This is Part Three in a Capital News Service series, “Tracking Your Phone.” It examines the use of cell phone simulators to track phones, a practice employed by local and state police but veiled in secrecy. Parts One and Two were posted earlier this week.
By Courtney Mabeus
Capital News Service
When a Prince George’s County public defender questioned whether U.S. Marshals, accompanied by county police, had used a cell site simulator to locate his client in a Laurel apartment in January 2015, his response was a plea deal.
Assistant Public Defender Ricke said it looked to him like the marshals had picked Stephon Summers “out of thin air.”
Summers is serving seven years for violating probation in addition to a concurrent five years for a weapons violation he was charged with when police found him in January 2015. Without the plea, he faced up to 25 years, Ricke said.
The Capital News Service investigation reveals that sometimes prosecutors have decided to offer plea deals in otherwise strong cases rather than disclose the use of cell site simulators.
“That’s something that law enforcement has to account for, that they’re putting secrecy ahead of public safety,” said the ACLU’s David Rocah. “You cannot say that these things are critical to public safety and then sell out public safety in the same breath.”
Privacy concerns abound
A summary of Annapolis Police’s cell phone interceptor program says it “allows the department to locate and apprehend violent offenders, track persons of interest, monitor crowds when intelligence suggests threats; and intercept signals that could activate devices.”
Annapolis received a $184,965 Justice Department grant for that program in 2010, according to Governor’s Office of Crime Control and Prevention documents.
Little is known about the data local police agencies are gathering and how it is handled.
“If the agency doesn’t have a policy in place to delete that data, who knows what they’re doing with it?” said Jennifer Lynch, a senior staff attorney with the non-profit Electronic Frontier Foundation.
Brian Owsley, a former federal magistrate from Texas who has researched the technology, said Annapolis’ admission “further bolsters that they’re big government coming in, they’re watching everyone.”
Annapolis Police declined to comment.
Some agencies will release policies
Some agencies have been more willing to talk about what they don’t do. Maryland State Police said it does not retain third-party data and does not use its devices for crowd monitoring.
Baltimore County and Anne Arundel County both said they don’t store any data. Anne Arundel added that it does not intercept the content of communications.
Other police agencies, including those in Anne Arundel, Howard and Prince George’s declined or did not respond to interview requests. Sheriff’s offices in Prince George’s and Harford County also did not respond.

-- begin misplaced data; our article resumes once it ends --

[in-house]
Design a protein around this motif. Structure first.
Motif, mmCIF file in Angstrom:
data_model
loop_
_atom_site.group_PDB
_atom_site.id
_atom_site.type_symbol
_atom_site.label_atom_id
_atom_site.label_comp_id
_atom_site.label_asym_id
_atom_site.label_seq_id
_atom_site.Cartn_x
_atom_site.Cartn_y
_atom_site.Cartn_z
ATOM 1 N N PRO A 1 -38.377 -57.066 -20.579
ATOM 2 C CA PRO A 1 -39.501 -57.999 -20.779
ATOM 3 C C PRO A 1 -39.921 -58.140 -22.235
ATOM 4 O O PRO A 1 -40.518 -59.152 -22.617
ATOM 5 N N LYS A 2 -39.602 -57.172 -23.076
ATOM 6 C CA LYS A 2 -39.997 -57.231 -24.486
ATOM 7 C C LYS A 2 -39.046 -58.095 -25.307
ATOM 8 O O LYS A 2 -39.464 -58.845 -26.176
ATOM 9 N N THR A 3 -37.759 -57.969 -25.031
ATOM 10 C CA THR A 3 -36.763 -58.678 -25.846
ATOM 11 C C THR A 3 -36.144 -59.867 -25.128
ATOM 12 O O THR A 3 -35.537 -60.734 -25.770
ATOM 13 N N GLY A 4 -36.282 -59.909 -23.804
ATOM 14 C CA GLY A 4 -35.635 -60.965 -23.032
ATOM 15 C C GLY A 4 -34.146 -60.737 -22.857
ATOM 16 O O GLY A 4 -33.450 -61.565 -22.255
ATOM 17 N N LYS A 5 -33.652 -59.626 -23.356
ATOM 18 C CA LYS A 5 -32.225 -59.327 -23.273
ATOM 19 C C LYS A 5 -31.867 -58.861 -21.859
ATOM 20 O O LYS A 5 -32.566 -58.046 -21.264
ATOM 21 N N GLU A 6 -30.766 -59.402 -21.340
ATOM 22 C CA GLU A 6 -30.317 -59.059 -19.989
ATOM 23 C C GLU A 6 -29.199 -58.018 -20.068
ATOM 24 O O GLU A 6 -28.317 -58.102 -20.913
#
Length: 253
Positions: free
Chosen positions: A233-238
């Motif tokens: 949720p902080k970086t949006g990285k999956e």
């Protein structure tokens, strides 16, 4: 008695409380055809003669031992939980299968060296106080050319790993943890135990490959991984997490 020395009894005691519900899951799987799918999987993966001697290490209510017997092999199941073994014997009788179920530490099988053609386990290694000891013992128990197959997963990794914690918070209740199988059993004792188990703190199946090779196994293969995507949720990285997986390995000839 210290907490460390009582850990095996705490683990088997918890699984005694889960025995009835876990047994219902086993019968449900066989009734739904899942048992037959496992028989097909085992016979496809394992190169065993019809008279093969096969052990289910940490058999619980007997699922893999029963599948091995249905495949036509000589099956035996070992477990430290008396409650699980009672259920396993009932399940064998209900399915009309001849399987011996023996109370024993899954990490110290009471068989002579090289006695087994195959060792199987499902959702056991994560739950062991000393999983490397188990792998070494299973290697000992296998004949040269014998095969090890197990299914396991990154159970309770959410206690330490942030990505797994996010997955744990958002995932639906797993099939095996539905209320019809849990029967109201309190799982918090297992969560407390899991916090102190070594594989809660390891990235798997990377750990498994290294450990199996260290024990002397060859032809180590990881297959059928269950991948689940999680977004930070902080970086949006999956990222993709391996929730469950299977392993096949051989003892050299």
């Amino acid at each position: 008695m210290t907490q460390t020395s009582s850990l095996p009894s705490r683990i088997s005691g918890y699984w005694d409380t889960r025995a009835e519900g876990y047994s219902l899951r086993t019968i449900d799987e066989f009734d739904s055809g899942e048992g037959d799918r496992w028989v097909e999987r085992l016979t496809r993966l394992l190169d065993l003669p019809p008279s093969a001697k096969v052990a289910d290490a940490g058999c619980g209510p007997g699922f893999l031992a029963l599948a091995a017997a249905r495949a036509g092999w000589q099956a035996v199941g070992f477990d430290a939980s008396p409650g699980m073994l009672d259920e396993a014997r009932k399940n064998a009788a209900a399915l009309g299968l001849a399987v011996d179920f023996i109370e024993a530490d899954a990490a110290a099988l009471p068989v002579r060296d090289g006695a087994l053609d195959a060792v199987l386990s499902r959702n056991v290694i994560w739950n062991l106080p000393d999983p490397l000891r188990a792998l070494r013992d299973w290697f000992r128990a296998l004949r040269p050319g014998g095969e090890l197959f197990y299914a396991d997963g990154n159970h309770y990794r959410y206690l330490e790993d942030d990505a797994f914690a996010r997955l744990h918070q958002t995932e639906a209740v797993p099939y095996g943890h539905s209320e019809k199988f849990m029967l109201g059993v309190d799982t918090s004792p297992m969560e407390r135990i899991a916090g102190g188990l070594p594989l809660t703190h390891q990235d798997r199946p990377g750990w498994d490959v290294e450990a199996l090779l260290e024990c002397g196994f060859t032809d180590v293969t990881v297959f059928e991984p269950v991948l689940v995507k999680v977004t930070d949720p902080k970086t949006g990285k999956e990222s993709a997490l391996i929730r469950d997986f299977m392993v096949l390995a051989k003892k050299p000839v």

Baltimore City Police’s acknowledgement, first reported by The Baltimore Sun, that it had used its StingRay in 4,300 cases going back to 2007 helped fuel a national conversation about the need to balance public safety while protecting bystander privacy.
Baltimore defense attorneys are now seeking additional information about those cases in an attempt to overturn them.
‘I wanted to stop the flow of drugs’
Former Harford County Sheriff Jesse Bane said his office conducted internal audits of the device’s use and retained only data critical to an investigation. He didn’t rule out that other information wasn’t kept.
“If we had a series of telephone numbers that were linked to drug dealers, we were going to hang on to those numbers,” said Bane, who lost his bid for sheriff in 2014 and now works as the town administrator of Bel Air.
Bane reviewed documents detailing the county’s purchase of more than $400,000 in surveillance equipment in 2011, which he approved. The county bought the equipment using a Department of Homeland Security Urban Areas Security Initiative grant, according to the documents. It spent another $52,000 in June 2014 on equipment upgrades.
The grant is meant to enhance regional preparedness and capabilities against terrorism and other threats in high-risk, high-density areas, according to DHS.
But Bane said the county purchased its equipment to help its drug enforcement efforts. He estimated officers used the equipment—which he said was installed in a vehicle—about once a month. He could not provide specifics regarding how effective the cell site simulator was in locating targets.
“I wanted to stop the flow of drugs into the county as much as I could,” Bane said. “It’s very difficult to do if you don’t have the technology.”
Harford County Sheriff’s officers worked with the state’s attorney’s office to draft court orders when they used their cell site simulator, Bane said.
“I wanted to make sure we weren’t getting cases dismissed on technicalities,” Bane said.